Next Article in Journal
Splicing Regulation of Pro-Inflammatory Cytokines and Chemokines: At the Interface of the Neuroendocrine and Immune Systems
Next Article in Special Issue
Two-Dimensional N-Glycan Distribution Mapping of Hepatocellular Carcinoma Tissues by MALDI-Imaging Mass Spectrometry
Previous Article in Journal
Histone Deacetylase Inhibitors Activate Tristetraprolin Expression through Induction of Early Growth Response Protein 1 (EGR1) in Colorectal Cancer Cells
Previous Article in Special Issue
Determinants of Glycosaminoglycan (GAG) Structure
Article Menu

Export Article

Open AccessReview
Biomolecules 2015, 5(3), 2056-2072;

Notable Aspects of Glycan-Protein Interactions

Depatment of Cellular and Molecular Medicine, University of California, San Diego, 9500 Gilman Drive, BRF2 MC 0687, La Jolla, CA 92093-0687, USA
Academic Editor: Hans Vliegenthart
Received: 5 August 2015 / Revised: 27 August 2015 / Accepted: 27 August 2015 / Published: 1 September 2015
(This article belongs to the Special Issue Challenges in Glycan, Glycoprotein and Proteoglycan Research)
Full-Text   |   PDF [3056 KB, uploaded 1 September 2015]   |  


This mini review highlights several interesting aspects of glycan-mediated interactions that are common between cells, bacteria, and viruses. Glycans are ubiquitously found on all living cells, and in the extracellular milieu of multicellular organisms. They are known to mediate initial binding and recognition events of both immune cells and pathogens with their target cells or tissues. The host target tissues are hidden under a layer of secreted glycosylated decoy targets. In addition, pathogens can utilize and display host glycans to prevent identification as foreign by the host’s immune system (molecular mimicry). Both the host and pathogens continually evolve. The host evolves to prevent infection and the pathogens evolve to evade host defenses. Many pathogens express both glycan-binding proteins and glycosidases. Interestingly, these proteins are often located at the tip of elongated protrusions in bacteria, or in the leading edge of the cell. Glycan-protein interactions have low affinity and, as a result, multivalent interactions are often required to achieve biologically relevant binding. These enable dynamic forms of adhesion mechanisms, reviewed here, and include rolling (cells), stick and roll (bacteria) or surfacing (viruses). View Full-Text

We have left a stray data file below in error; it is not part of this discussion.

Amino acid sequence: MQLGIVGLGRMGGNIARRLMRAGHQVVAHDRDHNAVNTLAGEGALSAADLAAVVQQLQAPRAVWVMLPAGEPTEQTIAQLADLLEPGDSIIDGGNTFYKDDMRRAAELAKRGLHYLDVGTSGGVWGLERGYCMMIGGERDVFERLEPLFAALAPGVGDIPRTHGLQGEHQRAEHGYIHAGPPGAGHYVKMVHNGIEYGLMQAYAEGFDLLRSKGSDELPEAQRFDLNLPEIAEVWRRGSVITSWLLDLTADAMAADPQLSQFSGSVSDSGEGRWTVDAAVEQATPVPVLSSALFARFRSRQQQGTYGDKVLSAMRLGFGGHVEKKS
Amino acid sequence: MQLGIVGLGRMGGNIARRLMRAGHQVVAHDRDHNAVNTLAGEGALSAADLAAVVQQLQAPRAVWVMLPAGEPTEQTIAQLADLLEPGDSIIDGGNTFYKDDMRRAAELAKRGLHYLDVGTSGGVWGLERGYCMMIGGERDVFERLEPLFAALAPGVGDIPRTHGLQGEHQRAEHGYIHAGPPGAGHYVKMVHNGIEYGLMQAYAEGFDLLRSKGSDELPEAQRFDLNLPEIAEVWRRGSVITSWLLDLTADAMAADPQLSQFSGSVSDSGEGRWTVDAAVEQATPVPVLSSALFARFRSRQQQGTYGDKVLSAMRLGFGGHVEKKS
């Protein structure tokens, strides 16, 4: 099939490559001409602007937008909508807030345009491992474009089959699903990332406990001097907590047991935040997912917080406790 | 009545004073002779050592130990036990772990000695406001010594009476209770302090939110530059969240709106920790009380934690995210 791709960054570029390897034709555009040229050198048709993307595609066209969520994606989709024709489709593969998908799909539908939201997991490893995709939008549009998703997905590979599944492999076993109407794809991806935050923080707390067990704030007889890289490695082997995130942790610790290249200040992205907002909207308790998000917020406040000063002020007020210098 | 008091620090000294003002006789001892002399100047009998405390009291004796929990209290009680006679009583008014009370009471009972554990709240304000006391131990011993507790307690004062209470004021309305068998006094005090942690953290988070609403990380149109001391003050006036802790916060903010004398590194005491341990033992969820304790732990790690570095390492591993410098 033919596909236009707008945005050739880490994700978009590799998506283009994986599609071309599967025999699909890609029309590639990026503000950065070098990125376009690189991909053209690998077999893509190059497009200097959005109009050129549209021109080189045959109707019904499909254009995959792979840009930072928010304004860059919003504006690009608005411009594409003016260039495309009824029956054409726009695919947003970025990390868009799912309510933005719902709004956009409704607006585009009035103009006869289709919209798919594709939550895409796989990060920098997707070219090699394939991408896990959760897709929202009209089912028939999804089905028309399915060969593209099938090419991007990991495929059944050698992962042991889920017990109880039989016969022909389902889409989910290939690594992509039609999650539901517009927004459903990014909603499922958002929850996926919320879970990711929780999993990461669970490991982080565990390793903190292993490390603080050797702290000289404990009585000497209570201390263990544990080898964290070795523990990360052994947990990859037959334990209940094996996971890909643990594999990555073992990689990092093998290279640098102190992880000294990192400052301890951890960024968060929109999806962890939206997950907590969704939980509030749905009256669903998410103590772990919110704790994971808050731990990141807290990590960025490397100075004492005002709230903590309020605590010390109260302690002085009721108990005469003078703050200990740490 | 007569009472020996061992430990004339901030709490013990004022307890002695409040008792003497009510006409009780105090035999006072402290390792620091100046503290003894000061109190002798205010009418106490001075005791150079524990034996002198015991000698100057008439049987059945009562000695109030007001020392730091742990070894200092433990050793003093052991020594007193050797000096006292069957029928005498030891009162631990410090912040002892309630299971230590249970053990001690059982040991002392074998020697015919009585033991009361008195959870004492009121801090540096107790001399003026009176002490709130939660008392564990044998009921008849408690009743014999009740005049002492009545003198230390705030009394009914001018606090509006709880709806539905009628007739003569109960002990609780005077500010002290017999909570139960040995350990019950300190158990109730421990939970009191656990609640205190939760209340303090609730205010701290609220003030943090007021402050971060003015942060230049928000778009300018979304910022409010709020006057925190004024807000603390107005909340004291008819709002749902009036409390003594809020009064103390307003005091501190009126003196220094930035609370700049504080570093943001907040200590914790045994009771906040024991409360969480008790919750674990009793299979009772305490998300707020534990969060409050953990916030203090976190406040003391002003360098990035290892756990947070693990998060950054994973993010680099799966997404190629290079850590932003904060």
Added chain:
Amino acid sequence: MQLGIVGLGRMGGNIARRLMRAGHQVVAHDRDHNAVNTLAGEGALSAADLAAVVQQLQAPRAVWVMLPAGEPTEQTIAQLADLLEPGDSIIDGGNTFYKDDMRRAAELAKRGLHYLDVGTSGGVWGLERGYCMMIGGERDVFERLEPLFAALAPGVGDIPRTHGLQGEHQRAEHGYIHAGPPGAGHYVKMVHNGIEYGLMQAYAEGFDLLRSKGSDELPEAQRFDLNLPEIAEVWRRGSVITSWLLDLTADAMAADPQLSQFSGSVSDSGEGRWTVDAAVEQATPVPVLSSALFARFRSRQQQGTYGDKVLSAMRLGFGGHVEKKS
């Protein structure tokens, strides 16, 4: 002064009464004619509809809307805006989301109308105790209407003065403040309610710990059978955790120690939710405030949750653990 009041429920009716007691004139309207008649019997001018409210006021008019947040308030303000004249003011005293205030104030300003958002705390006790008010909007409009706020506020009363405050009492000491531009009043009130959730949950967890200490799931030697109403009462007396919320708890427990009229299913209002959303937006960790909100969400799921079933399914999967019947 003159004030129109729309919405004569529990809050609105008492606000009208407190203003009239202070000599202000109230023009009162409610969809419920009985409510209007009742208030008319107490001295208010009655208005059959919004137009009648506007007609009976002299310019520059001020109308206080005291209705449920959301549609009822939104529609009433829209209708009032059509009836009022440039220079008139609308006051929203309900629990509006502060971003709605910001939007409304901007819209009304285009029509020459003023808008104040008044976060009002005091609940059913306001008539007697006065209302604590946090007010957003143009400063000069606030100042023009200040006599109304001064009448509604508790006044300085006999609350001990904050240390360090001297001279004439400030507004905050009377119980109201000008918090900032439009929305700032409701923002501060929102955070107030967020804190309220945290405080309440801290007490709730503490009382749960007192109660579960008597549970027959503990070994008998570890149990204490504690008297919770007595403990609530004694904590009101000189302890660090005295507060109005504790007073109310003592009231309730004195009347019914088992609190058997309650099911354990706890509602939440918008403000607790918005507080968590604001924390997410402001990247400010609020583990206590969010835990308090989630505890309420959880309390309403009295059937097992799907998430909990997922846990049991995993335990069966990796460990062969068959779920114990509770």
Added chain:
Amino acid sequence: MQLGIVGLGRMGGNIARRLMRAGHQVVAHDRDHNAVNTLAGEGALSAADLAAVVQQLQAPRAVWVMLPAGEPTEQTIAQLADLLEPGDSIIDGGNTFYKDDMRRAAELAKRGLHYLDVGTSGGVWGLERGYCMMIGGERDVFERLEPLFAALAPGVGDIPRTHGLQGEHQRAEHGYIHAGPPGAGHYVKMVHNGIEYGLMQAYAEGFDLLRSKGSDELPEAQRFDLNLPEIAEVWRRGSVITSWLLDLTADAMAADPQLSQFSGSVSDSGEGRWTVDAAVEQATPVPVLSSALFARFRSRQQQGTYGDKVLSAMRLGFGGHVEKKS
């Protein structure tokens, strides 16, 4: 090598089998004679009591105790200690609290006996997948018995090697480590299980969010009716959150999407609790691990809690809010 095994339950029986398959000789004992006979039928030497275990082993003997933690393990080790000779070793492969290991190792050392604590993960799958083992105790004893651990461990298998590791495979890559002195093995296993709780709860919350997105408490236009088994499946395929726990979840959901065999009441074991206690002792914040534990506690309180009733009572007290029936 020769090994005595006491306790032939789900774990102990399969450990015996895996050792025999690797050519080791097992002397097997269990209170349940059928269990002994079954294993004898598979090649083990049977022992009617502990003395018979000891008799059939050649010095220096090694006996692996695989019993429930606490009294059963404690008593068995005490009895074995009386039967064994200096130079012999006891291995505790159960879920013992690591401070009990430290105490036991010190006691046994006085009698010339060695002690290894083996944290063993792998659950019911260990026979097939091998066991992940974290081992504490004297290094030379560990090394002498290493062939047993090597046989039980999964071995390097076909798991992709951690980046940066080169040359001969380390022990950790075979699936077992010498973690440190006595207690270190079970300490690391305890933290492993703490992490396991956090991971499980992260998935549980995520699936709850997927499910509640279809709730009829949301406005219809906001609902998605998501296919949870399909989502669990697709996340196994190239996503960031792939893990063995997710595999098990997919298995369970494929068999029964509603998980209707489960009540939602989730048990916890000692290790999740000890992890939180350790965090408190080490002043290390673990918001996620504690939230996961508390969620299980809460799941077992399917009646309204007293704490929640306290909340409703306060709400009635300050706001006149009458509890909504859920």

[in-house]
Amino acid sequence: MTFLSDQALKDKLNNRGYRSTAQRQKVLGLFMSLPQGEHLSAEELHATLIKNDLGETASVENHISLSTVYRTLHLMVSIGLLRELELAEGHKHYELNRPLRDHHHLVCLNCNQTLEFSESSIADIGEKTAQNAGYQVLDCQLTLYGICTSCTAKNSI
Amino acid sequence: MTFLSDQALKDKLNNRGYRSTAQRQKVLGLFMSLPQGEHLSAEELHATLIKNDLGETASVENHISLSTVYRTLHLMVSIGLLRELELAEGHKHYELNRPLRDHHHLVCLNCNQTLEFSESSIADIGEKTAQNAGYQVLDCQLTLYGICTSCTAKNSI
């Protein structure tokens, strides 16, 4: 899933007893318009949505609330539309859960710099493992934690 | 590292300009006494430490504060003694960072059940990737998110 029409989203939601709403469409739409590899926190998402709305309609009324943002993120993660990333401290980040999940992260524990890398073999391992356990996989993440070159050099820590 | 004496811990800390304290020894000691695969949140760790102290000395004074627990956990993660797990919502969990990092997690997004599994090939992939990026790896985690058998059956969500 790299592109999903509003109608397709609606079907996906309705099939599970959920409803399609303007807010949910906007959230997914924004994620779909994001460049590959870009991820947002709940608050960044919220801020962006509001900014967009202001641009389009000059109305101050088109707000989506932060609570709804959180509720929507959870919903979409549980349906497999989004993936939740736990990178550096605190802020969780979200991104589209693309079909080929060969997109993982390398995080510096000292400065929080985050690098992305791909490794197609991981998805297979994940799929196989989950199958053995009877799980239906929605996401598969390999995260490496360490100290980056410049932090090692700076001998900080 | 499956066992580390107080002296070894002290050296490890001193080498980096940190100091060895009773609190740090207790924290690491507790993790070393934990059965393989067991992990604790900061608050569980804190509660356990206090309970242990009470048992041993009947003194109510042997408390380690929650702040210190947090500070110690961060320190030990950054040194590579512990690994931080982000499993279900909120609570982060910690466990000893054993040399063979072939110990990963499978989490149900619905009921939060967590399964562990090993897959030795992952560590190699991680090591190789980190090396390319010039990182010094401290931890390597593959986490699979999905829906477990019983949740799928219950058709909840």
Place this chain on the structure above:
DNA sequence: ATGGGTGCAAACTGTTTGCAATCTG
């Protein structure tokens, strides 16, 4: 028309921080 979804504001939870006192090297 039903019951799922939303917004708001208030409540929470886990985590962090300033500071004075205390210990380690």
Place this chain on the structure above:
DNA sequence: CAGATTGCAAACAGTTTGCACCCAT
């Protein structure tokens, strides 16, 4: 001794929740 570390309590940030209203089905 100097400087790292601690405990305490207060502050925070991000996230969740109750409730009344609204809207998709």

Keywords: sperm; leukocytes; influenza A; FimH; mucus; cumulus oophorus; hyaluronan; rolling adhesion; stick and roll; surfacing; glycans; sialic acids sperm; leukocytes; influenza A; FimH; mucus; cumulus oophorus; hyaluronan; rolling adhesion; stick and roll; surfacing; glycans; sialic acids

Figure 1

This is an open access article distributed under the Creative Commons Attribution License which permits unrestricted use, distribution, and reproduction in any medium, provided the original work is properly cited (CC BY 4.0).

Share & Cite This Article

MDPI and ACS Style

Cohen, M. Notable Aspects of Glycan-Protein Interactions. Biomolecules 2015, 5, 2056-2072.

Show more citation formats Show less citations formats

Related Articles

Article Metrics

Article Access Statistics



[Return to top]
Biomolecules EISSN 2218-273X Published by MDPI AG, Basel, Switzerland RSS E-Mail Table of Contents Alert
Back to Top